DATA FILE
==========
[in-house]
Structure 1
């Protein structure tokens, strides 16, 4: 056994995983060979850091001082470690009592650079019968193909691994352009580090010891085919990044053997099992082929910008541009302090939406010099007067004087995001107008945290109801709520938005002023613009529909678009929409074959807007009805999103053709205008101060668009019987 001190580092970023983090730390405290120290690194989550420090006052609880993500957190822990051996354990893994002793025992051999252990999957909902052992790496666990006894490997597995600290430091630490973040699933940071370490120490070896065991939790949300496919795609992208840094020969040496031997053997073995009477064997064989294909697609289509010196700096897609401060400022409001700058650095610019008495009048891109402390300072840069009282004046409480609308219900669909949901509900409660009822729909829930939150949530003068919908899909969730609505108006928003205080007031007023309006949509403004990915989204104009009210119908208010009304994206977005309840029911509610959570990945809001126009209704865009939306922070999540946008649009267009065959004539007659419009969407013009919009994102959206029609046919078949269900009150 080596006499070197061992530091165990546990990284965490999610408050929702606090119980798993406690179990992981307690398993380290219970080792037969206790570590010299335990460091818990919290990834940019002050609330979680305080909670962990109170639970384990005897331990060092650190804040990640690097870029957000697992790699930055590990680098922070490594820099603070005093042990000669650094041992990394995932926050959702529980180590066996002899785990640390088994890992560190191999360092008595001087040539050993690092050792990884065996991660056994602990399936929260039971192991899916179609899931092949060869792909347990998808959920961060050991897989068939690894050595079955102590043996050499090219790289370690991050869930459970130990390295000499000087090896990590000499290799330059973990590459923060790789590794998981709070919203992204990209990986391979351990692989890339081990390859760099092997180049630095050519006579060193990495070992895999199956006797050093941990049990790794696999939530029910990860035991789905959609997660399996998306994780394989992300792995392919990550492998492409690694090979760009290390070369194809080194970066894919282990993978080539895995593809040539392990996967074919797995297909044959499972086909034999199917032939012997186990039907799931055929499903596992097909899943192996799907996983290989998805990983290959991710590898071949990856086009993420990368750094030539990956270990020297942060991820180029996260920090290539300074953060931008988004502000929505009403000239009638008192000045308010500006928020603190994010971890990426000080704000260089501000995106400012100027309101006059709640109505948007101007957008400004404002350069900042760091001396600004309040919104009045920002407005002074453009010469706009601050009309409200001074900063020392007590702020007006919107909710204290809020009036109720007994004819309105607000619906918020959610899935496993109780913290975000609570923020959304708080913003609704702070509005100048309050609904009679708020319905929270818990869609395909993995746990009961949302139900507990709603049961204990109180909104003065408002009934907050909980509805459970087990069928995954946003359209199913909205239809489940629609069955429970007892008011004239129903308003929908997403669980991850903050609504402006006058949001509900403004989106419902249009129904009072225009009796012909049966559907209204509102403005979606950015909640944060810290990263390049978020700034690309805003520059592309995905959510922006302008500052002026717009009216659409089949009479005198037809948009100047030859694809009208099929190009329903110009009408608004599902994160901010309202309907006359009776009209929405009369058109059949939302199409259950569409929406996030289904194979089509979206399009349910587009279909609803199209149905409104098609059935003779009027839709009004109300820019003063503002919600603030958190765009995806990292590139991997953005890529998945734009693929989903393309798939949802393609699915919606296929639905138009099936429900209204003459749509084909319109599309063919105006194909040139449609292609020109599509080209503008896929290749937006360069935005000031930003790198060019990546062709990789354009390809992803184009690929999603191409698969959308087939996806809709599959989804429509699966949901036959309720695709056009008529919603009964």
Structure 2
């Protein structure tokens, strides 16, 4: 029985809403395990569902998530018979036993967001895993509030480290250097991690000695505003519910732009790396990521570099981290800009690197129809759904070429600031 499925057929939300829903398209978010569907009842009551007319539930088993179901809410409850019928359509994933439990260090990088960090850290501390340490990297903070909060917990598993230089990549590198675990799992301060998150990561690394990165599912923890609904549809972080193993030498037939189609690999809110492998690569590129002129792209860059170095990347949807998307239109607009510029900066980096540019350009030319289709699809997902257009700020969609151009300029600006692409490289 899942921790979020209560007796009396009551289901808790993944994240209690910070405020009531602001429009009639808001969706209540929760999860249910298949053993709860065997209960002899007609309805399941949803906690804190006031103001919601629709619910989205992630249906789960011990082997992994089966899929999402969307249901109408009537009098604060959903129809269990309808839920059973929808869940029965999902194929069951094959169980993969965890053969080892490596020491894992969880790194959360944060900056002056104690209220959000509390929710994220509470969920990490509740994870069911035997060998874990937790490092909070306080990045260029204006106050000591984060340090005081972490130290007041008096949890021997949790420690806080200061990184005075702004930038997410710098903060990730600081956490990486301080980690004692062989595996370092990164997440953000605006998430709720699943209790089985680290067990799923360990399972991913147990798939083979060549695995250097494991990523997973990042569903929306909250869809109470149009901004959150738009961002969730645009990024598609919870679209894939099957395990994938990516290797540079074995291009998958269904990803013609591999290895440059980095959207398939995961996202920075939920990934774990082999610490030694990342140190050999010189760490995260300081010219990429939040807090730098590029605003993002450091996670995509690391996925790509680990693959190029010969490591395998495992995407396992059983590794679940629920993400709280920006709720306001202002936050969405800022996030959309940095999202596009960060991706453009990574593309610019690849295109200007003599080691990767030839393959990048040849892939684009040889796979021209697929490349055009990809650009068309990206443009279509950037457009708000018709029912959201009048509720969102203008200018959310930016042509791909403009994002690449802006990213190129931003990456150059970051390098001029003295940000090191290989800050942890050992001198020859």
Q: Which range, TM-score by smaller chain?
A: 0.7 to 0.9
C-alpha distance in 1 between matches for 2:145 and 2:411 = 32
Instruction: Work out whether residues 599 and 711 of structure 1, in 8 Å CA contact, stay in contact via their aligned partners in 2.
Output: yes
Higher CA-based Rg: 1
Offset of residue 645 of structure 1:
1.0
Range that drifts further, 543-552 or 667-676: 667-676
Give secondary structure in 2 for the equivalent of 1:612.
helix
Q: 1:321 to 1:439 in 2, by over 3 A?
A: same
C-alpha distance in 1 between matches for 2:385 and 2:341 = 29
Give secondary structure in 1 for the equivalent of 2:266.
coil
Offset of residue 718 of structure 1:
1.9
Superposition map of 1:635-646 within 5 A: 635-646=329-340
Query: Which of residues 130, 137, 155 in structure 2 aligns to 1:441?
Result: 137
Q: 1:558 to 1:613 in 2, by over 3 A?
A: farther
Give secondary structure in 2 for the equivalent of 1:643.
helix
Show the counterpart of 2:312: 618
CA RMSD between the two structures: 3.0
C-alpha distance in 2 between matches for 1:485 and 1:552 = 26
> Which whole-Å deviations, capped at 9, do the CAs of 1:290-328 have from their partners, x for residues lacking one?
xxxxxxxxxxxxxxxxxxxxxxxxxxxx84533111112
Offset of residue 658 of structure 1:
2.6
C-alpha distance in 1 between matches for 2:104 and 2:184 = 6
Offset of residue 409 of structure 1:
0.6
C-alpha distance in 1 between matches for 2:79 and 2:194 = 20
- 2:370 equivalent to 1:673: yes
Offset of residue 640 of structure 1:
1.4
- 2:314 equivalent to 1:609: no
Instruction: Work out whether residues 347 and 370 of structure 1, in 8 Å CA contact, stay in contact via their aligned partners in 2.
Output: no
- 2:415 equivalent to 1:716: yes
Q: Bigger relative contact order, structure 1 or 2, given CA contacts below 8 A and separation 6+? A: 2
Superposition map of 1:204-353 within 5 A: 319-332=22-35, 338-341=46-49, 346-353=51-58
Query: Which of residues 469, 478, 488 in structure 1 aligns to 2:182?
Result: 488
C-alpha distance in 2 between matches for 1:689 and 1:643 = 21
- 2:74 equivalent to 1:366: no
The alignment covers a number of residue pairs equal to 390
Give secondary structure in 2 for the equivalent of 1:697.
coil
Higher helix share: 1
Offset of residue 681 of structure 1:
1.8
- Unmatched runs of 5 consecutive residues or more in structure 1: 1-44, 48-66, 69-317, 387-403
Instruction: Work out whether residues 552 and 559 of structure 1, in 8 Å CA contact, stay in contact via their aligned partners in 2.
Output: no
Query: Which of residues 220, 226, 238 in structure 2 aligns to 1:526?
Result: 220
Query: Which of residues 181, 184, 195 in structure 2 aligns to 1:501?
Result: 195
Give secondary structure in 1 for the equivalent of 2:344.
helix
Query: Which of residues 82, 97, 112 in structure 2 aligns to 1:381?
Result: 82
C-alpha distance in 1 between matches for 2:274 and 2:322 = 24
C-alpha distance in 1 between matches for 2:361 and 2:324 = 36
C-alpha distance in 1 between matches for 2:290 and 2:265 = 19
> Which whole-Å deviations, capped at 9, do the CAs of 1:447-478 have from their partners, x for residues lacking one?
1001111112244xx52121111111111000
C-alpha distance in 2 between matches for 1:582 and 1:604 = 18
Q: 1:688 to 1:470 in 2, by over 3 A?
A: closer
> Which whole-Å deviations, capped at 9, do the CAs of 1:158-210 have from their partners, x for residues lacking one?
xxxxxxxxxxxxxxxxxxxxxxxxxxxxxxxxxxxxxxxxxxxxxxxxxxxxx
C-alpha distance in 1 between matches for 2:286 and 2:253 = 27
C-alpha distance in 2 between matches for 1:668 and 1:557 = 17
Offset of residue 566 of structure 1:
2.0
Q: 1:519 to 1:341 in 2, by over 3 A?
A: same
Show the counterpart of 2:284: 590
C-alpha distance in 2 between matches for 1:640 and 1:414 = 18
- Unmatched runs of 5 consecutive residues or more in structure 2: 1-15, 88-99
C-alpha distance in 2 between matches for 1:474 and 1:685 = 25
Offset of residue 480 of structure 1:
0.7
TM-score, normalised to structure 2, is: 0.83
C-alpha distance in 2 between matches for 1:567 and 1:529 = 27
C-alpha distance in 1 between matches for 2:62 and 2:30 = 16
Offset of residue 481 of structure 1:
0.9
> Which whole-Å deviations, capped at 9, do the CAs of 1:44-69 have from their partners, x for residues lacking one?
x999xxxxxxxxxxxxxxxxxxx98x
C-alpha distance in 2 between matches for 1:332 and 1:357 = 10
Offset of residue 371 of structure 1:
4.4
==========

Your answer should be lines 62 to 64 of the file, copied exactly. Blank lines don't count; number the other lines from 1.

Instruction: Work out whether residues 552 and 559 of structure 1, in 8 Å CA contact, stay in contact via their aligned partners in 2.
Output: no
Query: Which of residues 220, 226, 238 in structure 2 aligns to 1:526?